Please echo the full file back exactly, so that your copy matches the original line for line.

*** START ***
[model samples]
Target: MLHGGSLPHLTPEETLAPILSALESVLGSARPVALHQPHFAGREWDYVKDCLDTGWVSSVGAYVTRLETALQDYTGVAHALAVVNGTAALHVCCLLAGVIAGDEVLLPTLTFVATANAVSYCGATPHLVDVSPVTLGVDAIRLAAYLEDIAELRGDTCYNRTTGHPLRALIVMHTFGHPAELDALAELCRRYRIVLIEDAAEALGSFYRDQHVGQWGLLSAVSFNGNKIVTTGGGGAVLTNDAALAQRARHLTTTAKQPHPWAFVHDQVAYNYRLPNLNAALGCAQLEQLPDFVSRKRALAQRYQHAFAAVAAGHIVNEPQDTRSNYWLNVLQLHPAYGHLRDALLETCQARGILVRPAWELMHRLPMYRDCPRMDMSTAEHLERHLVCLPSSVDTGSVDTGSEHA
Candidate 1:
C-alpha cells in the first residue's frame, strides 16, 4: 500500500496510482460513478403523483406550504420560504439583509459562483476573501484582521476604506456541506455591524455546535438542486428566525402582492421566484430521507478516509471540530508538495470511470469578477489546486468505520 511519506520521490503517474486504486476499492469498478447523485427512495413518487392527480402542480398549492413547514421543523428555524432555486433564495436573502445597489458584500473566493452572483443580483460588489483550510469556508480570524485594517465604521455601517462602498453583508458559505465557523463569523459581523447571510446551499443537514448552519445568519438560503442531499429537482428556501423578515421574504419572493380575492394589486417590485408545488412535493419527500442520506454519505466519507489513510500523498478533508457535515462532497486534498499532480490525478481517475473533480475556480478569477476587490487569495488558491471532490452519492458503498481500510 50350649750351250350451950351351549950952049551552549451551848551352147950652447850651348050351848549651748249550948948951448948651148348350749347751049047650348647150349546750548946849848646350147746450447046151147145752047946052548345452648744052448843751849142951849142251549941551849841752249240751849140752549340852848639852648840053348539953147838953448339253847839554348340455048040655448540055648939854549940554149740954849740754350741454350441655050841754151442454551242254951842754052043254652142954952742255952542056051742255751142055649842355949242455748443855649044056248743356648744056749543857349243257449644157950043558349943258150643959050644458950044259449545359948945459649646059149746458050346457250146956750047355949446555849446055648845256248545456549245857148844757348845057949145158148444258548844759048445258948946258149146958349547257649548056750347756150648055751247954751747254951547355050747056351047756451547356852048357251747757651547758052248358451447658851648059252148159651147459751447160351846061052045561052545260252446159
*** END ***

[model samples]
Target: MLHGGSLPHLTPEETLAPILSALESVLGSARPVALHQPHFAGREWDYVKDCLDTGWVSSVGAYVTRLETALQDYTGVAHALAVVNGTAALHVCCLLAGVIAGDEVLLPTLTFVATANAVSYCGATPHLVDVSPVTLGVDAIRLAAYLEDIAELRGDTCYNRTTGHPLRALIVMHTFGHPAELDALAELCRRYRIVLIEDAAEALGSFYRDQHVGQWGLLSAVSFNGNKIVTTGGGGAVLTNDAALAQRARHLTTTAKQPHPWAFVHDQVAYNYRLPNLNAALGCAQLEQLPDFVSRKRALAQRYQHAFAAVAAGHIVNEPQDTRSNYWLNVLQLHPAYGHLRDALLETCQARGILVRPAWELMHRLPMYRDCPRMDMSTAEHLERHLVCLPSSVDTGSVDTGSEHA
Candidate 1:
C-alpha cells in the first residue's frame, strides 16, 4: 500500500496510482460513478403523483406550504420560504439583509459562483476573501484582521476604506456541506455591524455546535438542486428566525402582492421566484430521507478516509471540530508538495470511470469578477489546486468505520 511519506520521490503517474486504486476499492469498478447523485427512495413518487392527480402542480398549492413547514421543523428555524432555486433564495436573502445597489458584500473566493452572483443580483460588489483550510469556508480570524485594517465604521455601517462602498453583508458559505465557523463569523459581523447571510446551499443537514448552519445568519438560503442531499429537482428556501423578515421574504419572493380575492394589486417590485408545488412535493419527500442520506454519505466519507489513510500523498478533508457535515462532497486534498499532480490525478481517475473533480475556480478569477476587490487569495488558491471532490452519492458503498481500510 50350649750351250350451950351351549950952049551552549451551848551352147950652447850651348050351848549651748249550948948951448948651148348350749347751049047650348647150349546750548946849848646350147746450447046151147145752047946052548345452648744052448843751849142951849142251549941551849841752249240751849140752549340852848639852648840053348539953147838953448339253847839554348340455048040655448540055648939854549940554149740954849740754350741454350441655050841754151442454551242254951842754052043254652142954952742255952542056051742255751142055649842355949242455748443855649044056248743356648744056749543857349243257449644157950043558349943258150643959050644458950044259449545359948945459649646059149746458050346457250146956750047355949446555849446055648845256248545456549245857148844757348845057949145158148444258548844759048445258948946258149146958349547257649548056750347756150648055751247954751747254951547355050747056351047756451547356852048357251747757651547758052248358451447658851648059252148159651147459751447160351846061052045561052545260252446159